Despite these metrics, there is reason for optimism with foundations for change being put in place.
Demand for EVs is growing and both Madrid and Barcelona have now introduced low emission zones. Furthermore, in May, the Spanish government approved the ‘proyecto de Ley de Cambio Climático y Transición Energética’ bill. This sets out targets for Spain to be neutral in carbon dioxide (CO2) emissions by 2050, and for the Spanish electricity system to be 100 per cent renewable by this date.
Additional national targets include a legal obligation to reduce greenhouse gas emissions by 20%, compared to 1990 levels, by 2030.
Sustainability measures will consequently be adopted to gradually reduce the emissions of passenger cars and light commercial vehicles to 0g CO2 / km by 2040.
This transition is set to be a challenging undertaking, particularly given the relatively high price of EVs as things stand, but fleet operators will increasingly be expected to adapt to electrification.
To help support the country’s green ambitions, the Efficient and Sustainable Mobility Incentives Program (MOVES II) was recently approved – a commitment to sustainable vehicle subsidies and to the installation of electric vehicle charging points.
Over recent months, a spotlight has also shone on the new WLTP emissions testing regime and the impact that higher registered CO2 emissions will have on vehicle registration tax requirements.
In the wake of WLTP, fleet decision-makers are being advised to review their car policies. Indeed, the Spanish Association of Automobile Fleet Managers (AEGFA) recommends that companies assess their vehicle options to help minimise their environmental impact.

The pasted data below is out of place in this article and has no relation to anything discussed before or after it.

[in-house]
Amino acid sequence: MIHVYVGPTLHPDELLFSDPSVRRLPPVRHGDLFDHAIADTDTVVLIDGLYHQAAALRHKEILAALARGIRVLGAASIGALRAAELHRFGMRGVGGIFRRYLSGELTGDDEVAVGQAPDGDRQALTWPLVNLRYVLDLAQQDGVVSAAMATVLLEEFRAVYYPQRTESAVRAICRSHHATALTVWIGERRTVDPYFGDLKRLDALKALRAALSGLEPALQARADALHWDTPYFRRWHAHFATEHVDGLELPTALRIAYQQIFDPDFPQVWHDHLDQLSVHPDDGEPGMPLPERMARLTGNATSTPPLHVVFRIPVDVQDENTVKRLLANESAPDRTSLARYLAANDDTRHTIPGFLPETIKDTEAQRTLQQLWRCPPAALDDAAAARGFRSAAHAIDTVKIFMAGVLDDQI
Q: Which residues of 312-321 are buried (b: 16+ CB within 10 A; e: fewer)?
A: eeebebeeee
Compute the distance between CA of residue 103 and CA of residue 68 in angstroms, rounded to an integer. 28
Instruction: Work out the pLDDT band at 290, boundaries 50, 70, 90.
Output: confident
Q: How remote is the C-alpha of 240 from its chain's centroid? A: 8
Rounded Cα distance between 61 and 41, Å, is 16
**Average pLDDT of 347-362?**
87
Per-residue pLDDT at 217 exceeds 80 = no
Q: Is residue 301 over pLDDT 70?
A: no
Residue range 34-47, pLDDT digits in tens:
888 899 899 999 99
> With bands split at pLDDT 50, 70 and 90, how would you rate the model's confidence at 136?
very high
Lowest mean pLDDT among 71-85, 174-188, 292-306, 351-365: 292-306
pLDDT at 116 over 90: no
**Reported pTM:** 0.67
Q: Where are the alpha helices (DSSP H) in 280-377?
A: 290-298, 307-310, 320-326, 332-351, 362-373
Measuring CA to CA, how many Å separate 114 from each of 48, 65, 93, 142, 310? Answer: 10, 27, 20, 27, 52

Safety in the spotlight
Road traffic deaths in Spain have fallen dramatically, from 4.104 in 2006 to 1.806 in 2018. These improvements have been attributed to better education, heavier punishment for road safety failings and improved road transort infrastructure.
Safety awareness is increasing among fleet businesses and drivers, and the opportunities for safety management have been improved by the availability of driving behaviour data from telematics systems. The advent of the coronavirus pandemic has also had a role to play in pushing the safety of business drivers higher up the corporate agenda, with vehicle hygiene, in particular, paramount.
Spanish companies are advised to ensure that risk management is an integral part of their fleet policies and their wider company cultures.
Technology and the new world of mobility management
The global trend towards smart, connected technologies is infiltrating Spanish business – and more specifically the world of fleet transport. Software systems, such as telematics, that focus on optimising and converging fleet data to drive efficiency gains and improve decision-making are becoming more and more prevalent.
Although the company car remains at the fore of corporate transport, investments are also increasingly being made in new mobility technology systems, incorporating integrated apps.
These advanced mobility management tools are enabling employees to select the modes of transport, and journey routes, which best meet their needs. Furthermore, they are also helping companies to make significant cost savings, while improving service standards.
Public transport in Spain remains among the best in Europe, and is relatively inexpensive, particularly in the major cities. International car sharing operators, meanwhile, have become established in both Madrid and Barcelona.
Madrid has been notably proactive in exploring mobility solutions. Last year, the council authorised 18 shared electric scooter providers to operate across the city. More than 8.500 scooters are now available for public use, regulated by the council’s Sustainable Mobility Ordinance.